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These Female Entrepreneurs Share Their Biggest Startup Regret

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In a year that’s been fraught with bad news and political divisiveness, it’s nice to find a glimmer of hope: Women business owners are crushing it. As of 2015, there are more than 9.4 million women-owned businesses in the United States, employing nearly 7.9 million people and contributing $1.4 trillion into the economy, according to the National Association of Women Business Owners.

Those statistics haven’t come without quite a bit of hard work, though. Historically, women start businesses with significantly less capital than many other entrepreneurs, but that doesn’t seem to slow anyone's roll. Even when female entrepreneurs talk about mistakes they made, the story usually ends with them picking themselves back up, ready to share even more advice for women business owners. Between our willingness to talk about our challenges with one another and our hardworking mentality, it’s no wonder that the number of female-owned businesses is on the rise.

If there’s anything that defines women entrepreneurs, it’s their ability to figure out everything from how to write a business plan to launching an app with no tech experience without losing their cool. When you’re ready to launch your business, keep these battle tips in your back pocket from women who’ve done it before.

Build A Network Early

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"I wish I could go back and talk to my peers and experts about the ins and outs of the hot sauce business. I would pick their brains on how they broke into the market, find out what marketing tactics they used to gain recognition, and ask how they got picked up by store chains or distributors." —Michelle Ervin, Co-founder of 9 Lazy Kidz

Hire Help Early

"I would have waited to have a more clear concept before launching. I started [Aquarian Soul] with literally nothing — no money, just an idea. Beauty brands today have more inspiration to look back and see what has worked and what hasn’t worked for other brands. I grew organically, and my labels have changed four times now. If I could do it all over, I would have started with a really strong branding concept and hired a graphic designer from the get-go." —Ally Sands, founder of plant-based luxury wellness brand Aquarian Soul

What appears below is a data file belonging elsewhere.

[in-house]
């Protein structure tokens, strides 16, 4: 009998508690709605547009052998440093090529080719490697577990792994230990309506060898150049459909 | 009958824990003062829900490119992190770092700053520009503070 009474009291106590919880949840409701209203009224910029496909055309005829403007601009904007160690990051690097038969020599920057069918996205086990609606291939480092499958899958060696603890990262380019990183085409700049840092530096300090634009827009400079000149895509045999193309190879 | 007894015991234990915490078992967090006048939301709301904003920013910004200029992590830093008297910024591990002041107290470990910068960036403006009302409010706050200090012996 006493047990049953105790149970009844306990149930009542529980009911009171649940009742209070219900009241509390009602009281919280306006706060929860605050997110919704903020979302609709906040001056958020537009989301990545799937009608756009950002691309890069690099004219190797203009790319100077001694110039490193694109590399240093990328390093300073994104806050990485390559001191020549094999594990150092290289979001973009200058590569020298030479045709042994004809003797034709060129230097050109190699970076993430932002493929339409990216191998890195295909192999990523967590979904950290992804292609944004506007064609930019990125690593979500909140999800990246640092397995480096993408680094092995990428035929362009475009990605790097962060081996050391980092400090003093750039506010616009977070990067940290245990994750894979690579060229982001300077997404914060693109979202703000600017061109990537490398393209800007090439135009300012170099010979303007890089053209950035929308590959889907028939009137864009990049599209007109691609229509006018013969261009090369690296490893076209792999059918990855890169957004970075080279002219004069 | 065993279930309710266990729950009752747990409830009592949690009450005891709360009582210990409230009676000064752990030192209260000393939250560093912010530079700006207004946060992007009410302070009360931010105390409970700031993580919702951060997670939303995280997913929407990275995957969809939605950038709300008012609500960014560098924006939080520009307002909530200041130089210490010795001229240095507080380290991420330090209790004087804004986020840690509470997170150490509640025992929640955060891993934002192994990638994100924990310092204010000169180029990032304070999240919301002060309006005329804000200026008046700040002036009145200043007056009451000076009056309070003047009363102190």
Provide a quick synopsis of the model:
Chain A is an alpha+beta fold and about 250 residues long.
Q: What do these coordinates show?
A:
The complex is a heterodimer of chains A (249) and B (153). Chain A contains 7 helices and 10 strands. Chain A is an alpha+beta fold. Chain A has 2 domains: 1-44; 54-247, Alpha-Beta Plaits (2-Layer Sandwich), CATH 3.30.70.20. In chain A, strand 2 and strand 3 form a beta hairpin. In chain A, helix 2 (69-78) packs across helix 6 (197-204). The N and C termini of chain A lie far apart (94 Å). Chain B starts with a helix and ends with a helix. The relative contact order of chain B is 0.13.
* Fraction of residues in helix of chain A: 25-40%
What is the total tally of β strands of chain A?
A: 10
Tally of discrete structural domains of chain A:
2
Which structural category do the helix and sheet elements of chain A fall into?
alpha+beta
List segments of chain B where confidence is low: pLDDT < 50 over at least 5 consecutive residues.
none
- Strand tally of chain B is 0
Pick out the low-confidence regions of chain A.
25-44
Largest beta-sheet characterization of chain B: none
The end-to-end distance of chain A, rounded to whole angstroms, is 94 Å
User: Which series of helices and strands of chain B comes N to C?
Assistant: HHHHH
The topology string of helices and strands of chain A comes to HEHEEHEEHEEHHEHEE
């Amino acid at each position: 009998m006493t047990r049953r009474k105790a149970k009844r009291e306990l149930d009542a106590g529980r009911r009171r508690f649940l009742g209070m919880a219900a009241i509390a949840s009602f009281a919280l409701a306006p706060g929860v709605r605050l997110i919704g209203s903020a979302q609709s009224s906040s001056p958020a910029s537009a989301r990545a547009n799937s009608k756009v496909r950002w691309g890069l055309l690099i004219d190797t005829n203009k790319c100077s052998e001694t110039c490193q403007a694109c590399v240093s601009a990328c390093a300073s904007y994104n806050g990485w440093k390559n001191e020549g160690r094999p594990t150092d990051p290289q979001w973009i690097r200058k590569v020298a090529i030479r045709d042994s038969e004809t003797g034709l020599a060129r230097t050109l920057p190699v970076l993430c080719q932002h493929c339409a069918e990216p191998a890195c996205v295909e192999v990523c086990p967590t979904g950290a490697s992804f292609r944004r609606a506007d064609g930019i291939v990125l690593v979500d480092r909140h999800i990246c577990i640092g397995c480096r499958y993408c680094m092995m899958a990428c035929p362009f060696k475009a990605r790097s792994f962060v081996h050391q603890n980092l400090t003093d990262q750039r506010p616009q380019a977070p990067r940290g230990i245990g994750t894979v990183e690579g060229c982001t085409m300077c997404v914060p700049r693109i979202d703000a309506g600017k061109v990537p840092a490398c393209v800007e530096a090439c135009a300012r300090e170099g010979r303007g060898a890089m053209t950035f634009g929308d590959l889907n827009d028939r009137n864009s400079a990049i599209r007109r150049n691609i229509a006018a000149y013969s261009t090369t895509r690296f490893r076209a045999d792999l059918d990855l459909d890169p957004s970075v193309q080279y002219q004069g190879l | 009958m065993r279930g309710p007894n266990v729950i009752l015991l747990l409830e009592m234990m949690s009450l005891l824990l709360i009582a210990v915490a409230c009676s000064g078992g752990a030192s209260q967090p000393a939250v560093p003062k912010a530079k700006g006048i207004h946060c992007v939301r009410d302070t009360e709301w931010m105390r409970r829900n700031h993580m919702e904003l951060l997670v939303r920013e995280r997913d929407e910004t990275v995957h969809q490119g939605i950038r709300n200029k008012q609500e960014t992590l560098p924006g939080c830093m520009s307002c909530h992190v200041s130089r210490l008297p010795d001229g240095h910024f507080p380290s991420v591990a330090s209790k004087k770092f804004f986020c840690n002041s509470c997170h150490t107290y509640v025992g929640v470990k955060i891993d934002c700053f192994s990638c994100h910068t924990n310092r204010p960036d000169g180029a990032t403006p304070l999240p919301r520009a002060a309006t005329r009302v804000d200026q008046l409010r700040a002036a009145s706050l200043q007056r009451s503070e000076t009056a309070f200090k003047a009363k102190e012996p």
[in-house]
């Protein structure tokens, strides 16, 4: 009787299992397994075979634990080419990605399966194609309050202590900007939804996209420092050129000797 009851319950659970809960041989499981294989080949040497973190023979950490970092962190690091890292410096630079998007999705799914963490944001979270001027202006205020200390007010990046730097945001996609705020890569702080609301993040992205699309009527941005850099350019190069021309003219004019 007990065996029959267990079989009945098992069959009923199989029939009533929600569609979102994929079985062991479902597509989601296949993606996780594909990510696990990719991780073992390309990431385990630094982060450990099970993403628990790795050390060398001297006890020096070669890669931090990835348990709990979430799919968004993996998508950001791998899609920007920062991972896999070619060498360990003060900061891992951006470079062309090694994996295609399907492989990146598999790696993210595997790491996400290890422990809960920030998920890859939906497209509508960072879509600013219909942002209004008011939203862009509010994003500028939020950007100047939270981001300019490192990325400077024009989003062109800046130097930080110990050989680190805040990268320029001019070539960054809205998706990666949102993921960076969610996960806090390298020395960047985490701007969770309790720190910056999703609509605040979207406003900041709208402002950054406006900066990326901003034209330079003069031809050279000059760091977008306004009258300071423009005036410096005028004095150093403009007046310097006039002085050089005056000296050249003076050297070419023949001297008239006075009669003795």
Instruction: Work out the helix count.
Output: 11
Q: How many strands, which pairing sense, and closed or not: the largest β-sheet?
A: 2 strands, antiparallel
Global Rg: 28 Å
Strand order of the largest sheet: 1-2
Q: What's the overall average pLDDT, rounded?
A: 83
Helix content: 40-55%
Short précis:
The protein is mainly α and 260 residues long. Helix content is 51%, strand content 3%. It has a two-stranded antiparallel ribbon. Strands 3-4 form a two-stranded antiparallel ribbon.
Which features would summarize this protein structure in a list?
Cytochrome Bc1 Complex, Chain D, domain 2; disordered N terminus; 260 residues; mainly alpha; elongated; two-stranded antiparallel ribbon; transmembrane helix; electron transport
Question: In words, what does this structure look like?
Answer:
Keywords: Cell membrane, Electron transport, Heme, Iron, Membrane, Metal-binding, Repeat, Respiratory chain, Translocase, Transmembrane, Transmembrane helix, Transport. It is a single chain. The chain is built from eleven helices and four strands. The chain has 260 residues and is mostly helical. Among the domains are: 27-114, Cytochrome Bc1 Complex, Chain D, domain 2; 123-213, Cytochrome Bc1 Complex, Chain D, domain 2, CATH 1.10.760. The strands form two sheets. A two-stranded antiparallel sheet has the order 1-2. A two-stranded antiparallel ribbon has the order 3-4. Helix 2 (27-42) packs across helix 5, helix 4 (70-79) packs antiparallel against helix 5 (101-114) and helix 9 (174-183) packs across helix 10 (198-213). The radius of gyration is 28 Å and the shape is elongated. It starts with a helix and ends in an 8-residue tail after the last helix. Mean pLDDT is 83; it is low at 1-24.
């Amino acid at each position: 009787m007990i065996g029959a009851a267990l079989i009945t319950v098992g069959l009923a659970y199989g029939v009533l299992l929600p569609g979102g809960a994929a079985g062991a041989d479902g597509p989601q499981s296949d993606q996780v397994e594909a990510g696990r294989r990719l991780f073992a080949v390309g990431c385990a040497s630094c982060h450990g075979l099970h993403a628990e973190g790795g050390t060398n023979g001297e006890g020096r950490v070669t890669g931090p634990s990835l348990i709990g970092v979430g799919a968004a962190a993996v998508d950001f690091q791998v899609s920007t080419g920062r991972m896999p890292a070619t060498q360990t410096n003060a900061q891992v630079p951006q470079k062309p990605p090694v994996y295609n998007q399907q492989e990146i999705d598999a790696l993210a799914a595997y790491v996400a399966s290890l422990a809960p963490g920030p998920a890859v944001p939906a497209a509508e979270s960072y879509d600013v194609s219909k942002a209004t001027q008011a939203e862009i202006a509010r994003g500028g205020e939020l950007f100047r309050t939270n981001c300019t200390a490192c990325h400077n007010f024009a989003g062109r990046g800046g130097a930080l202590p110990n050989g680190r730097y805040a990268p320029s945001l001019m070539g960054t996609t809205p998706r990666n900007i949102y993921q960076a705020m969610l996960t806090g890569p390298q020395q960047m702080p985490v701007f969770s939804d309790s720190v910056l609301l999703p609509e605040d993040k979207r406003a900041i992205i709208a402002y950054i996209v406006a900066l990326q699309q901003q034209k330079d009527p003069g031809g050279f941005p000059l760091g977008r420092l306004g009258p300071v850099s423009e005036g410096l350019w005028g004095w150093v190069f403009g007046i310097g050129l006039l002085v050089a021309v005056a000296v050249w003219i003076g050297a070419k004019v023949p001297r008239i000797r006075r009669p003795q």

Listen To Advice, But Make Your Own Decisions

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"When I was starting [Good Good Pins], sometimes I would allow other people’s advice to mold my decision making. I should have listened to and trusted myself more. I would have asked for advice, but not let the advice I received deter me. I would have trusted myself and my own gut instincts. It's important to believe in what you're doing and build upon your brand, as much as it is important to continue to grow and learn everyday while your brand evolves." —Kimberly Yount, founder of Good Good Pins

Go For It!

"I wish I started sooner! I am a planner by nature, but in retrospect I would have benefited from taking the leap into my entrepreneurial career a lot earlier. I'd be doing what I love much longer, plus there is something to be said about living and breathing your business as early in the development process as possible." —Ashley Viola, Founder/CEO of Meridian

Above All, Be Confident

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"With how amazing things have been at this point after all the struggle, I wouldn't change a thing. If I had the chance to go back and tell my younger self something, I would just tell myself to keep going and don't give up, everything will pay off. If I'd done one thing differently, I might not be sitting here with a feature in Oprah. I might not have met the Dalai Lama. I might not be as secure in my career as I am now. Nothing is a sure fix. I'd say get a good accountant, but going through the bad ones got me to the great one!" —Amy Black, owner of Amy Black Tattoos